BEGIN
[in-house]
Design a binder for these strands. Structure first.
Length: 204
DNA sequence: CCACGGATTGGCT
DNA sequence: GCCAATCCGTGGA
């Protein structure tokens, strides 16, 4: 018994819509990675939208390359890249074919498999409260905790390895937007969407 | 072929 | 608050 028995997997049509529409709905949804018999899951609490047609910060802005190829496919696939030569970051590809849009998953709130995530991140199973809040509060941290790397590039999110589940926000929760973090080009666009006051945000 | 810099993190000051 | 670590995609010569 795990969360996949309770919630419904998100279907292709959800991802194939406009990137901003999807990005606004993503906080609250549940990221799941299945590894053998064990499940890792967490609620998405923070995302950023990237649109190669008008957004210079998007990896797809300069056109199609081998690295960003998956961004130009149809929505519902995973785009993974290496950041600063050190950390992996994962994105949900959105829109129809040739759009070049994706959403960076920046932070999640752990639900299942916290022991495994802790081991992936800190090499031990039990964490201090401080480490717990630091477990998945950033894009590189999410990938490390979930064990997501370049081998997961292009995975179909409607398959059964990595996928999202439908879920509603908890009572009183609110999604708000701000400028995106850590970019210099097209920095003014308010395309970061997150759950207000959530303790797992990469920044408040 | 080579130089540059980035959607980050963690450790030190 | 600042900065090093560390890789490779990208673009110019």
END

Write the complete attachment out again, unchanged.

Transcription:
[in-house]
Design a binder for these strands. Structure first.
Length: 204
DNA sequence: CCACGGATTGGCT
DNA sequence: GCCAATCCGTGGA
């Protein structure tokens, strides 16, 4: 018994819509990675939208390359890249074919498999409260905790390895937007969407 | 072929 | 608050 028995997997049509529409709905949804018999899951609490047609910060802005190829496919696939030569970051590809849009998953709130995530991140199973809040509060941290790397590039999110589940926000929760973090080009666009006051945000 | 810099993190000051 | 670590995609010569 795990969360996949309770919630419904998100279907292709959800991802194939406009990137901003999807990005606004993503906080609250549940990221799941299945590894053998064990499940890792967490609620998405923070995302950023990237649109190669008008957004210079998007990896797809300069056109199609081998690295960003998956961004130009149809929505519902995973785009993974290496950041600063050190950390992996994962994105949900959105829109129809040739759009070049994706959403960076920046932070999640752990639900299942916290022991495994802790081991992936800190090499031990039990964490201090401080480490717990630091477990998945950033894009590189999410990938490390979930064990997501370049081998997961292009995975179909409607398959059964990595996928999202439908879920509603908890009572009183609110999604708000701000400028995106850590970019210099097209920095003014308010395309970061997150759950207000959530303790797992990469920044408040 | 080579130089540059980035959607980050963690450790030190 | 600042900065090093560390890789490779990208673009110019």